Stepping back, let us appreciate that if you are member of Christ’s church, then you have a oneness with Jesus Christ. For Christ to be the head of the church, his bride, it means that we are the body of Christ, and individually body parts of that body. My hope is that our teaching today on marriage can then also help us appreciate more of that wonderful oneness we have with Jesus. What a wonderful reciprocal application that we get here! Our human marriages remind us of our union with Christ, and our union with Christ reminds us of our human marriages. May that reciprocal application mean that we be encouraged and built up in both today. And this is what our world needs too. Our world needs a higher view of marriage. Our world needs a higher view of Jesus and Christians. May our embracing of biblical marriage serve as a testimony to the world in both of these areas.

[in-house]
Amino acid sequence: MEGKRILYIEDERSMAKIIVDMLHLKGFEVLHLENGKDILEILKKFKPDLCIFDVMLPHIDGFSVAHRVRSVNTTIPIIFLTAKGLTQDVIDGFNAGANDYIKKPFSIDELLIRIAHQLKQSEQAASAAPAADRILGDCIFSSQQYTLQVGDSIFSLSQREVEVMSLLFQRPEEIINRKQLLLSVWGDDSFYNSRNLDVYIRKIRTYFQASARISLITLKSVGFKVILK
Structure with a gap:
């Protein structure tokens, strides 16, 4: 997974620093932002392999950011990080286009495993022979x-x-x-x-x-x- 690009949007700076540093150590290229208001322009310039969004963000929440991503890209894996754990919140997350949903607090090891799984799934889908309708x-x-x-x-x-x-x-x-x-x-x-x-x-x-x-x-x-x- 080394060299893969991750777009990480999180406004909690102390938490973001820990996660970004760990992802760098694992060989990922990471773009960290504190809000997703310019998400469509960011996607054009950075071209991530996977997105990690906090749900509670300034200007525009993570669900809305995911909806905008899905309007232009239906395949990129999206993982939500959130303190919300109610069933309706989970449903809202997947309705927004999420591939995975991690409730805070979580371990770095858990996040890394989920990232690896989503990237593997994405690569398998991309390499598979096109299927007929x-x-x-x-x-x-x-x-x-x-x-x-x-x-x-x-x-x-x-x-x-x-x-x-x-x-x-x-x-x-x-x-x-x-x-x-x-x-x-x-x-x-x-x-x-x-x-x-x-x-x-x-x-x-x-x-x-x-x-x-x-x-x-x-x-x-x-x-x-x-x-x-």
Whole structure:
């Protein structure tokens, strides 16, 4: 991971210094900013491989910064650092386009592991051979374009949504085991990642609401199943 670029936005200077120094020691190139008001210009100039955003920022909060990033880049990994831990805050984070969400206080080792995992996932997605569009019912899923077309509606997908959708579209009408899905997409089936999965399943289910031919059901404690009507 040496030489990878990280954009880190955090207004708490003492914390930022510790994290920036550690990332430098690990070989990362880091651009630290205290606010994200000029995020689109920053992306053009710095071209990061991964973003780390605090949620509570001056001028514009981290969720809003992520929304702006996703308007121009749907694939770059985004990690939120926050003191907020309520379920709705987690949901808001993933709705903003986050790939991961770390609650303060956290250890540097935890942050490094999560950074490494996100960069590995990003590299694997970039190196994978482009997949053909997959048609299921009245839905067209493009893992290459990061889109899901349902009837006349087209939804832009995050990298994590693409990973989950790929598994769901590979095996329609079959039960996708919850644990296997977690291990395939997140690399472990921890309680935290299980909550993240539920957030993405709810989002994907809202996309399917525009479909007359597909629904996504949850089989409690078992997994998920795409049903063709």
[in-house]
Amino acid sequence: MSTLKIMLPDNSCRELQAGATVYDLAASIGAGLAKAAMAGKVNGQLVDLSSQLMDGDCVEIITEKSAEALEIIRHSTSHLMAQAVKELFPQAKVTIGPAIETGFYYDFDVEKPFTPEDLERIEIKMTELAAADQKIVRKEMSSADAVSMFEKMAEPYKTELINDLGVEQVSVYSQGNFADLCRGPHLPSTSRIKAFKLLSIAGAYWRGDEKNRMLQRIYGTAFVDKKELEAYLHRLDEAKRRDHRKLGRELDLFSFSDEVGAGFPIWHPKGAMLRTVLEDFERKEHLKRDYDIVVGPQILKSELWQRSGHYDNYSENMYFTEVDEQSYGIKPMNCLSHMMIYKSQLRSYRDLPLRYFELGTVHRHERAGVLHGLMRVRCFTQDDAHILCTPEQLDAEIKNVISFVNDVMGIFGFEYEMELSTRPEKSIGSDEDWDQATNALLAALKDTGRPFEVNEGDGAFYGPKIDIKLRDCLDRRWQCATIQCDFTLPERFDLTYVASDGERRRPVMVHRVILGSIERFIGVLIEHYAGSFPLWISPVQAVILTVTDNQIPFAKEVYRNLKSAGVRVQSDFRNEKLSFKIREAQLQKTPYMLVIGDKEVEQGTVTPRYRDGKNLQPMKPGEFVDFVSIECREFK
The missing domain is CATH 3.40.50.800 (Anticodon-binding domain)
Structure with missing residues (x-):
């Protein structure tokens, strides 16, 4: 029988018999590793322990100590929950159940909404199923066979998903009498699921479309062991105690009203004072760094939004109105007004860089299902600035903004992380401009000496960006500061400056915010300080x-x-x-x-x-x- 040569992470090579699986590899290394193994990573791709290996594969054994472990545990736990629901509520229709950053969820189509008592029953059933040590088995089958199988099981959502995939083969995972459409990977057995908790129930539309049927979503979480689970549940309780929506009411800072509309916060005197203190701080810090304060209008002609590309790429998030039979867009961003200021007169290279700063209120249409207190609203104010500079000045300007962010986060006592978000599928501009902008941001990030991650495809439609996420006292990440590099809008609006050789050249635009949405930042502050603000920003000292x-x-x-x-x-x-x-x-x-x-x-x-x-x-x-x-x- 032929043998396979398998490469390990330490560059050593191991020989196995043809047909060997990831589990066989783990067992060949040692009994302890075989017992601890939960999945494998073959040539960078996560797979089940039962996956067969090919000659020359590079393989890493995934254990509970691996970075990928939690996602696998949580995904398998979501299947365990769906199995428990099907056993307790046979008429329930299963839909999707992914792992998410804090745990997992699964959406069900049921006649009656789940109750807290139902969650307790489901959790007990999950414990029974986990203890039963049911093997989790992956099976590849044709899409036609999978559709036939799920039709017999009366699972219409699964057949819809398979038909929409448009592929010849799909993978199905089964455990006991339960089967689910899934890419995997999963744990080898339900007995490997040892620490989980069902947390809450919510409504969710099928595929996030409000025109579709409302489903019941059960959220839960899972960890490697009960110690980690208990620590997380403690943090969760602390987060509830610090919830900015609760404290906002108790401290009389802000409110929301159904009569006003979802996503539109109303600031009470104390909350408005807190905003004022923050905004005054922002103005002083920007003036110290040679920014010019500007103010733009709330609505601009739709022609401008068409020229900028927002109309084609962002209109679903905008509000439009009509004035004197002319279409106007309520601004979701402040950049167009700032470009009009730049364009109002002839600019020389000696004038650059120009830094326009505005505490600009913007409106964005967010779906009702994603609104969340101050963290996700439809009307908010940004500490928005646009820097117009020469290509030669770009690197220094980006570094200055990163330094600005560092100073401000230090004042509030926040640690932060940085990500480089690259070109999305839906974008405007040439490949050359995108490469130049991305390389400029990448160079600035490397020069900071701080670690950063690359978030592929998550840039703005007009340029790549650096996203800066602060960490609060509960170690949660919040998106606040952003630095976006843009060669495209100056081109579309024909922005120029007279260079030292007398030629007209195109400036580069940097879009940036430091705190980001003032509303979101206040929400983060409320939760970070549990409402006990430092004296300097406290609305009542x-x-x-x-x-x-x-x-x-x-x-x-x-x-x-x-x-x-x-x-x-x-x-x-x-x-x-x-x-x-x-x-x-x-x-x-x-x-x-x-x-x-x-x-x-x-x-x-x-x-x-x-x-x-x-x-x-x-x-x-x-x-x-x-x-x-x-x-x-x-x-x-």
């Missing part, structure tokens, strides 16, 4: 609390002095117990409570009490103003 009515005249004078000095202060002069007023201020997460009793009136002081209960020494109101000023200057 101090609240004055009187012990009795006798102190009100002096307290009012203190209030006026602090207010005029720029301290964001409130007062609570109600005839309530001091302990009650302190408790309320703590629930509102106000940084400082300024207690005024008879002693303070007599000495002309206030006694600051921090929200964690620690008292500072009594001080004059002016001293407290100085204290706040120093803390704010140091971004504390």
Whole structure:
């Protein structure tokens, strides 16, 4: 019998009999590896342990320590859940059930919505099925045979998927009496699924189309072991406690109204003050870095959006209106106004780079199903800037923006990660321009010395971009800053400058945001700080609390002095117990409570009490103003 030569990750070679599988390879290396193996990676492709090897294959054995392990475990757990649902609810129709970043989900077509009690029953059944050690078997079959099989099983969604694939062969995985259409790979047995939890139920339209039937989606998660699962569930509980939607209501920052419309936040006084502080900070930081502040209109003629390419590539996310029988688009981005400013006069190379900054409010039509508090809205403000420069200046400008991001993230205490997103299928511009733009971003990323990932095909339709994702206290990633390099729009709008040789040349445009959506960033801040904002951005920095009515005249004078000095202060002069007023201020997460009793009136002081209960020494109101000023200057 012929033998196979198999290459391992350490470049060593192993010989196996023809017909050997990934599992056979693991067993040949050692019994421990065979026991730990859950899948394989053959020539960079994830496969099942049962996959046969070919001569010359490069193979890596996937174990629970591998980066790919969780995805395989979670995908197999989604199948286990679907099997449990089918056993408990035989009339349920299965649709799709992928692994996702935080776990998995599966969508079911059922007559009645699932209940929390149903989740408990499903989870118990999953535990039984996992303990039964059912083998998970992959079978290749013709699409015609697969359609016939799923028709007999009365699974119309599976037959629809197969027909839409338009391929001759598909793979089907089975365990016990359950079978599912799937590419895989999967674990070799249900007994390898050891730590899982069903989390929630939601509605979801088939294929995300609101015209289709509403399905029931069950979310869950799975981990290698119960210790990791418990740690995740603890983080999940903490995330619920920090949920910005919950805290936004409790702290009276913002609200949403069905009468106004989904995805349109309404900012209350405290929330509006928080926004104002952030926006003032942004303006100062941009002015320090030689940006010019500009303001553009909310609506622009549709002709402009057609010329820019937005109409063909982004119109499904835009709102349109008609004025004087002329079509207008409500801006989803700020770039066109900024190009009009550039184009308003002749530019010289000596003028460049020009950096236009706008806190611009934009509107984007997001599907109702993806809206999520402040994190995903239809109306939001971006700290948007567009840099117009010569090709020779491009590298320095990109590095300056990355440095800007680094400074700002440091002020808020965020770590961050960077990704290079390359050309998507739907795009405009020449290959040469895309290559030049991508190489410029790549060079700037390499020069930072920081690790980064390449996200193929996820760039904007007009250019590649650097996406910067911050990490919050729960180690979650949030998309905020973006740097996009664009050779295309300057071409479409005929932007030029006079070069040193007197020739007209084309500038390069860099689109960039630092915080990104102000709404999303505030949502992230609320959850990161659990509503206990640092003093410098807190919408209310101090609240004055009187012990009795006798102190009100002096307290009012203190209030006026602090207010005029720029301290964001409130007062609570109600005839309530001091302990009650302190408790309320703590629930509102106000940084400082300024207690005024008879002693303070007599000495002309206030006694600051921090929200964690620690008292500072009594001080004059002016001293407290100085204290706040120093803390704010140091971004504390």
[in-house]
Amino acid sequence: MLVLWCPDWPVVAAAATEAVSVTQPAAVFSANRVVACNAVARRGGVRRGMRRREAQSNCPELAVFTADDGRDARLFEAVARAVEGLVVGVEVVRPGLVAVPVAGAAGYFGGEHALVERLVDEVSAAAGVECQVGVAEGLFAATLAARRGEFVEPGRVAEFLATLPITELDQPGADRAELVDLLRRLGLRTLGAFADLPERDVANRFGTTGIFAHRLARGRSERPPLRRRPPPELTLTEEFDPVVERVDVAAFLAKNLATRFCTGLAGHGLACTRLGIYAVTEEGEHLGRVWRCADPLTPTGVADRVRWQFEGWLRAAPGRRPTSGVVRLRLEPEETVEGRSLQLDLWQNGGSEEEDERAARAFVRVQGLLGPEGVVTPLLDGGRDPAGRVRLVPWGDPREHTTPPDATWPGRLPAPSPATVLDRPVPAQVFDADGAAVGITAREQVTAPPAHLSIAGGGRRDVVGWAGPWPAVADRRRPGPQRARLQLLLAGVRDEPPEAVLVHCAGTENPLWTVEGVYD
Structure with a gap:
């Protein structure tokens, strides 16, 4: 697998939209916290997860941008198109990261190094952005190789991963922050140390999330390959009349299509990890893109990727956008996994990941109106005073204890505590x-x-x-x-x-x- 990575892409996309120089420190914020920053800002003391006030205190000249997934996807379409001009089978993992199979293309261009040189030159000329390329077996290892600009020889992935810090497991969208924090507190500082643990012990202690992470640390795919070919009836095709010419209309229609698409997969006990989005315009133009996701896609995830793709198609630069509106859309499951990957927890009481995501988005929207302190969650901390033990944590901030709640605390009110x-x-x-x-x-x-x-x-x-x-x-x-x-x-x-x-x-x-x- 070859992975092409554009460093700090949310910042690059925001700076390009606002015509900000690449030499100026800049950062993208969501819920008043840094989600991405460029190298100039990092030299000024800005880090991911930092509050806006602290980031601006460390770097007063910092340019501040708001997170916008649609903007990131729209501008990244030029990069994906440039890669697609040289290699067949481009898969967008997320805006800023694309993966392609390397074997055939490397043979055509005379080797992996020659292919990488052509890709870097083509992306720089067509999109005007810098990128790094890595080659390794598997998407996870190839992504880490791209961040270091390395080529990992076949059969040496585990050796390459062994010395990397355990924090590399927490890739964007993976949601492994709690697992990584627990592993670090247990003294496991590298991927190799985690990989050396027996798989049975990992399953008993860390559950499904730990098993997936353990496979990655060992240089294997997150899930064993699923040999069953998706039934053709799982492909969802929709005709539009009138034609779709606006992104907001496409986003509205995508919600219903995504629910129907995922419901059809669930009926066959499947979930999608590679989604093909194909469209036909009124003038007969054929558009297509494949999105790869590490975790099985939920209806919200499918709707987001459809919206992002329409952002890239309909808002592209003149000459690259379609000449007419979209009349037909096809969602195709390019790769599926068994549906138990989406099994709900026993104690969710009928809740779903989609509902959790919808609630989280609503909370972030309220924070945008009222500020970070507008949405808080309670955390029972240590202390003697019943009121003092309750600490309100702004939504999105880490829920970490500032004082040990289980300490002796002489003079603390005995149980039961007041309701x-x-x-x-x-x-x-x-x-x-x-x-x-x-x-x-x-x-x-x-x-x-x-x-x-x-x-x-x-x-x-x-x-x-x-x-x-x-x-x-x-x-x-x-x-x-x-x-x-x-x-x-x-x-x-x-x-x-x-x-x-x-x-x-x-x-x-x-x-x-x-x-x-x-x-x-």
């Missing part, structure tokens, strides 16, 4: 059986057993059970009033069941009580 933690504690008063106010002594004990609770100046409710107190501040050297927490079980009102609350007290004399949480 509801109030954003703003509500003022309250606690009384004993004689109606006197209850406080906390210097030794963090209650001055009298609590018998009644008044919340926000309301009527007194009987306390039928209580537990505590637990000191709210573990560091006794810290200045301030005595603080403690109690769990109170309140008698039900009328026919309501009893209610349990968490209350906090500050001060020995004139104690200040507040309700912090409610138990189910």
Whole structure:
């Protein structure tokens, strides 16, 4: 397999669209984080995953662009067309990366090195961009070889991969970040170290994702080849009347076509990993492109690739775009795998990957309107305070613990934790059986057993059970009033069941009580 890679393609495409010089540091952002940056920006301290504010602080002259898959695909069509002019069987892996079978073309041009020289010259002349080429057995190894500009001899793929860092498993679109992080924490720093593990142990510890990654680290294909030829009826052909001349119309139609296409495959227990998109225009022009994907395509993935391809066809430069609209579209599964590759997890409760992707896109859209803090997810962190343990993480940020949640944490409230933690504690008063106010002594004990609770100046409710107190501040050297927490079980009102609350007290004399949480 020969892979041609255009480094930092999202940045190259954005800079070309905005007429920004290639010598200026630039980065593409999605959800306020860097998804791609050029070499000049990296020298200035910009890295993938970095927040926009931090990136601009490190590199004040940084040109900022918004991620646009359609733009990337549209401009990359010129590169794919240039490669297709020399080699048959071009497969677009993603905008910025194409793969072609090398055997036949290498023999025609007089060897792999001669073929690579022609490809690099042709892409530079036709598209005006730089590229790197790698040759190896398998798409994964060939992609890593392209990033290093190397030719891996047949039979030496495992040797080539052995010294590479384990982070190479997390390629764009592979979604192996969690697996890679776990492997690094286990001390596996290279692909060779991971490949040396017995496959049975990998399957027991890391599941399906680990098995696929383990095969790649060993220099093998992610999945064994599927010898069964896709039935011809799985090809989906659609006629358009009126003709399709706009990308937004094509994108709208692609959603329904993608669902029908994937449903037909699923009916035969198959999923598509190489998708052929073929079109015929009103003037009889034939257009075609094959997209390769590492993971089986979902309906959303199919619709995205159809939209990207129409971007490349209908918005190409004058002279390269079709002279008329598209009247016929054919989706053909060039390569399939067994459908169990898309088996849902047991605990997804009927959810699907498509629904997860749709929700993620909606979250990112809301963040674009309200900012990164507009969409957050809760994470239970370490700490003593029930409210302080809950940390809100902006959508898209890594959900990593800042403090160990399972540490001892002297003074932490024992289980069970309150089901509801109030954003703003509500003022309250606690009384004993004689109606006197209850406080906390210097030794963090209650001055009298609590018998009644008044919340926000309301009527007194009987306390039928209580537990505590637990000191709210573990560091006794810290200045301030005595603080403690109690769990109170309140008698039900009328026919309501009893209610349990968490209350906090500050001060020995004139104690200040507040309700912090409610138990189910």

As I conclude this message, we’ve remembered human sinfulness again today. It is such sinfulness that is of course why marriage is in such decline in our day. Humanity is fallen, and in many ways it was a failing of the first marriage that caused it. Can we really be that surprised that humans have such a low view of marriage when the first one’s failing caused us all so much trouble? And yet it is wonderful to think of how marriage finds a redemption of sorts by God using it to describe Christ and the church. Here in Genesis, God presents Eve to Adam. And Ephesians speaks of how one day the church will be presented to Christ. In other words, we are actually right now just the betrothed to Jesus. The wedding is yet ahead. Let us look forward to that consummation when Christ returns.


Copyright © 2022 Rev. W. Reid Hankins, M.Div.
All Rights Reserved.


Leave a Comment

This site uses Akismet to reduce spam. Learn how your comment data is processed.